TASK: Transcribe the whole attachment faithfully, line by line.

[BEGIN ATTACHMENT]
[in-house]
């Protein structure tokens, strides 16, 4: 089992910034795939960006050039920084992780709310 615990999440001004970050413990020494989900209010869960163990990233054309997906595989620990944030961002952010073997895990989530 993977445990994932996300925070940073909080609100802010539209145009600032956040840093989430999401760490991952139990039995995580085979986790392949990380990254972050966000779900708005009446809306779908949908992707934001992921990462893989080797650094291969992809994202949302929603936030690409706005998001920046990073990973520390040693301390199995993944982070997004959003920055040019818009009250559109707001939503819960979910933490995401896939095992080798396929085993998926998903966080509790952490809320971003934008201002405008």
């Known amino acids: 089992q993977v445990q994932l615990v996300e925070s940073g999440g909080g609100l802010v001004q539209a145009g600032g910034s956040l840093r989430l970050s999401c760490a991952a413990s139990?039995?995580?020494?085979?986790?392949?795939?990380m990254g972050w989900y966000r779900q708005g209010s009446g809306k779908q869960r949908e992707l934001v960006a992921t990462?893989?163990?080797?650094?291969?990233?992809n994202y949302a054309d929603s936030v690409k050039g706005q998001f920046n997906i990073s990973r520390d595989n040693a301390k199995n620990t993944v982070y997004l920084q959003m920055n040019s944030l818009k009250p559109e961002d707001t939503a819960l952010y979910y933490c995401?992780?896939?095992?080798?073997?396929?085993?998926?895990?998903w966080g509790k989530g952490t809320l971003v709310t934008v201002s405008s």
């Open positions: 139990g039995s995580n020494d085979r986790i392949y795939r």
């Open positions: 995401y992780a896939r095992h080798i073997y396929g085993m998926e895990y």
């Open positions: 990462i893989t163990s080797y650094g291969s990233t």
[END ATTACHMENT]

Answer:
[in-house]
């Protein structure tokens, strides 16, 4: 089992910034795939960006050039920084992780709310 615990999440001004970050413990020494989900209010869960163990990233054309997906595989620990944030961002952010073997895990989530 993977445990994932996300925070940073909080609100802010539209145009600032956040840093989430999401760490991952139990039995995580085979986790392949990380990254972050966000779900708005009446809306779908949908992707934001992921990462893989080797650094291969992809994202949302929603936030690409706005998001920046990073990973520390040693301390199995993944982070997004959003920055040019818009009250559109707001939503819960979910933490995401896939095992080798396929085993998926998903966080509790952490809320971003934008201002405008």
């Known amino acids: 089992q993977v445990q994932l615990v996300e925070s940073g999440g909080g609100l802010v001004q539209a145009g600032g910034s956040l840093r989430l970050s999401c760490a991952a413990s139990?039995?995580?020494?085979?986790?392949?795939?990380m990254g972050w989900y966000r779900q708005g209010s009446g809306k779908q869960r949908e992707l934001v960006a992921t990462?893989?163990?080797?650094?291969?990233?992809n994202y949302a054309d929603s936030v690409k050039g706005q998001f920046n997906i990073s990973r520390d595989n040693a301390k199995n620990t993944v982070y997004l920084q959003m920055n040019s944030l818009k009250p559109e961002d707001t939503a819960l952010y979910y933490c995401?992780?896939?095992?080798?073997?396929?085993?998926?895990?998903w966080g509790k989530g952490t809320l971003v709310t934008v201002s405008s």
């Open positions: 139990g039995s995580n020494d085979r986790i392949y795939r």
């Open positions: 995401y992780a896939r095992h080798i073997y396929g085993m998926e895990y």
């Open positions: 990462i893989t163990s080797y650094g291969s990233t």